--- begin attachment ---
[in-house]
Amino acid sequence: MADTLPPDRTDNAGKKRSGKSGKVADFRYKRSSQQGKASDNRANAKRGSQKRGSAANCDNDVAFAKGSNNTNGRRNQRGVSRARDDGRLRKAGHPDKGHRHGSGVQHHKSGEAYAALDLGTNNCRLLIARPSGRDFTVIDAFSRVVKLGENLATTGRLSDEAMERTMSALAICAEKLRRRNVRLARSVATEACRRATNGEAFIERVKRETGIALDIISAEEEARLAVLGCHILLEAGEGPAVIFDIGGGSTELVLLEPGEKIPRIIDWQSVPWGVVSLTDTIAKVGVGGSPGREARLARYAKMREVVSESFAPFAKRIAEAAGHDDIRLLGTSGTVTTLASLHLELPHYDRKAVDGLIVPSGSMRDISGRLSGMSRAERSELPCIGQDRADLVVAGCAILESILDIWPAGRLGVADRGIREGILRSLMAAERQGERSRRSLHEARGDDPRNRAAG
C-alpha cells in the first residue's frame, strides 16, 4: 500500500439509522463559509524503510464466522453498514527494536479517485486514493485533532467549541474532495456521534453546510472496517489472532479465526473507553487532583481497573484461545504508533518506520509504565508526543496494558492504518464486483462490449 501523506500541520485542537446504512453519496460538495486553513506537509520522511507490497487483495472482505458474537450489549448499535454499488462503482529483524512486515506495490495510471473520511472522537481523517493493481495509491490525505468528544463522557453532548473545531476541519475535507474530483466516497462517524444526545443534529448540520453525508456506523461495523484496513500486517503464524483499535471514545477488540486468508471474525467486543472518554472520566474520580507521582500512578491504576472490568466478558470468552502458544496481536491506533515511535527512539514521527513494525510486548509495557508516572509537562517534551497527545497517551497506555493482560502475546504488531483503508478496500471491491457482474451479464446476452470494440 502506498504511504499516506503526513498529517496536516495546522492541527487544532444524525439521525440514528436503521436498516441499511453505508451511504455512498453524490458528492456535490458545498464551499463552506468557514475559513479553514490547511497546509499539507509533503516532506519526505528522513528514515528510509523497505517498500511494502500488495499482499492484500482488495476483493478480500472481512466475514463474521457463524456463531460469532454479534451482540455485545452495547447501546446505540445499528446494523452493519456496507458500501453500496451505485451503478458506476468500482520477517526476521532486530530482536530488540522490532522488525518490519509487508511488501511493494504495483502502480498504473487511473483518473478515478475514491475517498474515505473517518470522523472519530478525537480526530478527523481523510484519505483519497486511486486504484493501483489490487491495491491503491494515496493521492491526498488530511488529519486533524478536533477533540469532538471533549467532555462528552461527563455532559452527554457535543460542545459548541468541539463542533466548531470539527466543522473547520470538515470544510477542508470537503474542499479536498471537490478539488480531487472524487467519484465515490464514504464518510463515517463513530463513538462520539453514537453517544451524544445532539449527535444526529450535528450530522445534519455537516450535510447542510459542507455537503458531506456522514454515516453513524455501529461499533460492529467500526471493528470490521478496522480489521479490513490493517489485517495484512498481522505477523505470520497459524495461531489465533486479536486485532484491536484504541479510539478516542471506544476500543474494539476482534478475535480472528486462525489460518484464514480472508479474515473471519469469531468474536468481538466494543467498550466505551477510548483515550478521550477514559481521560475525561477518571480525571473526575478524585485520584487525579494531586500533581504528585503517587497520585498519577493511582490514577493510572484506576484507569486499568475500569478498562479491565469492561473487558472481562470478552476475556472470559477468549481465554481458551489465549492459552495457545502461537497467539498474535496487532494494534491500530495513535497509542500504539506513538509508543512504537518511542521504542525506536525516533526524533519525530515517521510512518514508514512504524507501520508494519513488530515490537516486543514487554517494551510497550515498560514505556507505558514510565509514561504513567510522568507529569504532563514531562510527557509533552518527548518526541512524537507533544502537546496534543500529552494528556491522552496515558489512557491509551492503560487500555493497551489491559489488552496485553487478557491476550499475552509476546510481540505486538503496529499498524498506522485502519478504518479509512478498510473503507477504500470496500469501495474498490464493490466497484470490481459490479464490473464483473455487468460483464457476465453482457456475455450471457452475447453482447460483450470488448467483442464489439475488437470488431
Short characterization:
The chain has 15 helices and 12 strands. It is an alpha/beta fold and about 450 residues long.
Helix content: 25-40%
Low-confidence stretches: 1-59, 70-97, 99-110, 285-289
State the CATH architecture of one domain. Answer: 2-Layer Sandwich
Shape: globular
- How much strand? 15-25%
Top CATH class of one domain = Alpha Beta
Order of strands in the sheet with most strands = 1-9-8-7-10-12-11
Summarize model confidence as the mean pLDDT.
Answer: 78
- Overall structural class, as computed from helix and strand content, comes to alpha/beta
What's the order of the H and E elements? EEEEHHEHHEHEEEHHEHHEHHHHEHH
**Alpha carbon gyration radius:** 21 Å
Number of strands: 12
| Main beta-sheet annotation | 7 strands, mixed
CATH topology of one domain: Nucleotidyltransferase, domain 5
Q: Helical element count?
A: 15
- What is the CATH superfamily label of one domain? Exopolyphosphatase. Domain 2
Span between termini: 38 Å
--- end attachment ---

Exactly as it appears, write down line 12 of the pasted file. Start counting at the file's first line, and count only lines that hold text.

Order of strands in the sheet with most strands = 1-9-8-7-10-12-11